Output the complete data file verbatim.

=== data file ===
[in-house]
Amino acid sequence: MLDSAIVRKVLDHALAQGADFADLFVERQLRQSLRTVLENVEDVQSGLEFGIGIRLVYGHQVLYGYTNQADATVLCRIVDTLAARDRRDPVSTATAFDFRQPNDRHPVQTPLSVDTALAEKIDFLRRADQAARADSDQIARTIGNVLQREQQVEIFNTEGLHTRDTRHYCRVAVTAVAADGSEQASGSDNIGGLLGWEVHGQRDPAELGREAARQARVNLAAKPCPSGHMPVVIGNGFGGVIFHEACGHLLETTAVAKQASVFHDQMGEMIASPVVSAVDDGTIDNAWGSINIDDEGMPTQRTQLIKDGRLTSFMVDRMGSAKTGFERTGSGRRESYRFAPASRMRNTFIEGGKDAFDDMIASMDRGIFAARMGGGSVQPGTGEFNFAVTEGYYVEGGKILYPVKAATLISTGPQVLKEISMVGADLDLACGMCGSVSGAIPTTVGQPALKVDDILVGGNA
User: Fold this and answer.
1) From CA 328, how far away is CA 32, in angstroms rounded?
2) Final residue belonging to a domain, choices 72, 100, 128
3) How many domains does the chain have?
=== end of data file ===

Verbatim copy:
[in-house]
Amino acid sequence: MLDSAIVRKVLDHALAQGADFADLFVERQLRQSLRTVLENVEDVQSGLEFGIGIRLVYGHQVLYGYTNQADATVLCRIVDTLAARDRRDPVSTATAFDFRQPNDRHPVQTPLSVDTALAEKIDFLRRADQAARADSDQIARTIGNVLQREQQVEIFNTEGLHTRDTRHYCRVAVTAVAADGSEQASGSDNIGGLLGWEVHGQRDPAELGREAARQARVNLAAKPCPSGHMPVVIGNGFGGVIFHEACGHLLETTAVAKQASVFHDQMGEMIASPVVSAVDDGTIDNAWGSINIDDEGMPTQRTQLIKDGRLTSFMVDRMGSAKTGFERTGSGRRESYRFAPASRMRNTFIEGGKDAFDDMIASMDRGIFAARMGGGSVQPGTGEFNFAVTEGYYVEGGKILYPVKAATLISTGPQVLKEISMVGADLDLACGMCGSVSGAIPTTVGQPALKVDDILVGGNA
User: Fold this and answer.
1) From CA 328, how far away is CA 32, in angstroms rounded?
2) Final residue belonging to a domain, choices 72, 100, 128
3) How many domains does the chain have?